With Mr. Hayes still on the phone, Ms. Tighe took an elevator downstairs to collect the test results that would show whether the fetus was at risk of Down syndrome. She couldn’t believe that she was going through this alone. The results showed virtually no risk of the syndrome. Angry despite the good news, she rode the elevator back up and found Mr. Hayes still on the phone. He was in the process of telling Mr. Alykulov to just blame his managers.

“That’s what I’m going to do,” Mr. Hayes said.

At the Bond Building, FBI agents thought that Mr. Hayes’s suggestion that Mr. Alykulov shouldn’t talk to the investigators might be enough for an obstruction-of-justice charge. A couple of days later, however, they decided to take another shot, hoping for cleaner evidence.

Mr. Hayes was finishing up lunch at the Cuckfield pub in East London with his stepbrother, who worked at a nearby hospital, when his phone rang. The Cuckfield, housed in a 19th-century stone inn, had a beer garden in the back, and Mr. Hayes stood there in the early-afternoon sunshine.

Mr. Alykulov started in with what struck him as a series of leading questions: “Should I tell them about your friend at RBS?” Mr. Hayes had a contact, Brent Davies, who used to work at Royal Bank of Scotland and whose help Mr. Hayes had sought in moving Libor.

Mr. Hayes left Westminster Magistrates Court in London on June 20, 2013.
Mr. Hayes left Westminster Magistrates Court on June 20, 2013. Photo: Neil Hall/Reuters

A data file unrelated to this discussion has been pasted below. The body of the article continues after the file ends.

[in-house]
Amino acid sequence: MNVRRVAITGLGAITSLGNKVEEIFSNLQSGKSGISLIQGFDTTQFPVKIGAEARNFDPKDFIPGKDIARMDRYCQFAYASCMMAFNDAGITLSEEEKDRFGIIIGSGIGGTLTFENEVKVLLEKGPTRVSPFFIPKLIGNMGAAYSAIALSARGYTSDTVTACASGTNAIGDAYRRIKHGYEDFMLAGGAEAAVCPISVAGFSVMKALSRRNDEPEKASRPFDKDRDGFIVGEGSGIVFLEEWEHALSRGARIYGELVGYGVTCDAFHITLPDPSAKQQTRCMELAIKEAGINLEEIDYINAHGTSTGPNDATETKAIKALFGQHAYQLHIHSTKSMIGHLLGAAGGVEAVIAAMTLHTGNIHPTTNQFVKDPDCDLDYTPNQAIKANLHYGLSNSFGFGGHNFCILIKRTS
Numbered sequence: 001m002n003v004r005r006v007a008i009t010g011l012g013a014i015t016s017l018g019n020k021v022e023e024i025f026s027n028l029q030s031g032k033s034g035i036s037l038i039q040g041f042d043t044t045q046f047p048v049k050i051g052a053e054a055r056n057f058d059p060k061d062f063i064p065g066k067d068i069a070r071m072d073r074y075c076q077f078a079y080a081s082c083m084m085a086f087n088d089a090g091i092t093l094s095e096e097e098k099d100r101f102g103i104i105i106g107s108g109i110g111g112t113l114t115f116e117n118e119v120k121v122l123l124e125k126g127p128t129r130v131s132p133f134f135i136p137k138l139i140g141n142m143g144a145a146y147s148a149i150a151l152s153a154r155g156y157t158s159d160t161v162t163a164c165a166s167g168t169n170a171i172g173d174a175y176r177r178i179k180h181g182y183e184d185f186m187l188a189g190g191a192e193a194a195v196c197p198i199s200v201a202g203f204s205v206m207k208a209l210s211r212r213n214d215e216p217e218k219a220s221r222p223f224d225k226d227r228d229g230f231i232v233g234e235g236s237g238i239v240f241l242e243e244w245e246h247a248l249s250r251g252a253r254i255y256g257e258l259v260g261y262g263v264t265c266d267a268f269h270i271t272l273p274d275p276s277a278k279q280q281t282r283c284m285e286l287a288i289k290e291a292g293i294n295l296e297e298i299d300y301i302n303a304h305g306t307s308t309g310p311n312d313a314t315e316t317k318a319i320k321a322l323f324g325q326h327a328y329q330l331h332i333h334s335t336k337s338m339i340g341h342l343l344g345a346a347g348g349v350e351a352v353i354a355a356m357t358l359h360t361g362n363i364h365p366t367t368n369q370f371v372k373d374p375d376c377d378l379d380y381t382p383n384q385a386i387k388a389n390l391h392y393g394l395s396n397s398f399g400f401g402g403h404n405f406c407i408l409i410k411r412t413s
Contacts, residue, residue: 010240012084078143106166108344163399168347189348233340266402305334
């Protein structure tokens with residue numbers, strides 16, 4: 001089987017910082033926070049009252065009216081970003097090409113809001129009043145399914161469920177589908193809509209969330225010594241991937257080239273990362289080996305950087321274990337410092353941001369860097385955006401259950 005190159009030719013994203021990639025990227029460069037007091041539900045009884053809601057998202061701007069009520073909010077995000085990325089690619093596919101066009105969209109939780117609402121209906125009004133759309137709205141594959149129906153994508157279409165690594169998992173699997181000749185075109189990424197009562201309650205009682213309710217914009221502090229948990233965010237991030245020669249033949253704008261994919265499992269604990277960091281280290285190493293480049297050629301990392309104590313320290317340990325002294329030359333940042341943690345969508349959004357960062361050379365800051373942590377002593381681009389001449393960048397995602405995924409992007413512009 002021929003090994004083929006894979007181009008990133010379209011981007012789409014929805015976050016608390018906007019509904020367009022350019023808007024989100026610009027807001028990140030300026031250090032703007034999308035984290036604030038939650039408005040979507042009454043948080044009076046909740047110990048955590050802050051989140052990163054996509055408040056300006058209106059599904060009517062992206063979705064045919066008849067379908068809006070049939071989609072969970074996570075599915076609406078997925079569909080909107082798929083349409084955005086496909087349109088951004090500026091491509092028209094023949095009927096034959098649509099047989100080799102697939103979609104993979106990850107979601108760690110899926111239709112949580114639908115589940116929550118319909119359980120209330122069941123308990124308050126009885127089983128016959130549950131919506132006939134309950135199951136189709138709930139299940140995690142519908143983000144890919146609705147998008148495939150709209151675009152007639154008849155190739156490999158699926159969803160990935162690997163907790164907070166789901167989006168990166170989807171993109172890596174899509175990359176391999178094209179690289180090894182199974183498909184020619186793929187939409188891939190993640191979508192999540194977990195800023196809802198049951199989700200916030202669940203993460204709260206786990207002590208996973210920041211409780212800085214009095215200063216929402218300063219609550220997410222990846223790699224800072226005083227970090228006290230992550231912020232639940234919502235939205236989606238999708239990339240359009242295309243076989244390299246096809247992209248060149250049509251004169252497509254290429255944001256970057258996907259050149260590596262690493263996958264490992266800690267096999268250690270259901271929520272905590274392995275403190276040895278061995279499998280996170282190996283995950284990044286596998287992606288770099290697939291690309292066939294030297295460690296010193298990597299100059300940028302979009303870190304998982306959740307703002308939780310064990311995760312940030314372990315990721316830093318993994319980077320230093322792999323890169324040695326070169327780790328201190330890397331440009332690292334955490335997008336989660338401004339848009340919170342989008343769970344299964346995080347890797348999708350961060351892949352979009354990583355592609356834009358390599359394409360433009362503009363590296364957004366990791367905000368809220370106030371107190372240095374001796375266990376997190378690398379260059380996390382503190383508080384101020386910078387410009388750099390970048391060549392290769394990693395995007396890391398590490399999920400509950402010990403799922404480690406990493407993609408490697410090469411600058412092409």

“Brent? What’s he got to do with it?” Mr. Hayes asked.

“Should I tell them about your friend at Deutsche?” That was a Deutsche Bank trader named Guillaume Adolph.

“Well, I wouldn’t mention it,” Mr. Hayes said, “but if they ask, you should tell them.” In any case, he added, everything was done in writing, so it wasn’t much of a secret.

The phone call ended. Mr. Hayes and Mr. Alykulov would never speak again.

This piece is adapted from Mr. Enrich’s new book, “The Spider Network: The Wild Story of a Math Genius, a Gang of Backstabbing Bankers, and One of the Greatest Scams in Financial History,” to be published on March 21 by HarperCollins.

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Giant Meteor's picture

I thought this was going to be about the FED 

Imagine my disappointment ..

Belrev's picture

Now that he is out of money, did the chick dump him? I mean it was love until he ran out of cash.

Manthong's picture

The whole F’n financial scam is a :”step-on-dick” swindle.

Belrev's picture

This capitalist system is meaningless from standpoint of view of life and love. No love, no marriages, just whore women for hire as "wives" and "girlfriends".

max2205's picture

And their bosses and bosses bosses?........

Delving Eye's picture

Even after the scandal, the LIBOR is still a scam whose rate is based on what kind of second home, yacht, island and mistress its governors want to buy next.

I am definitely in the wrong line of business. "/

GreatUncle's picture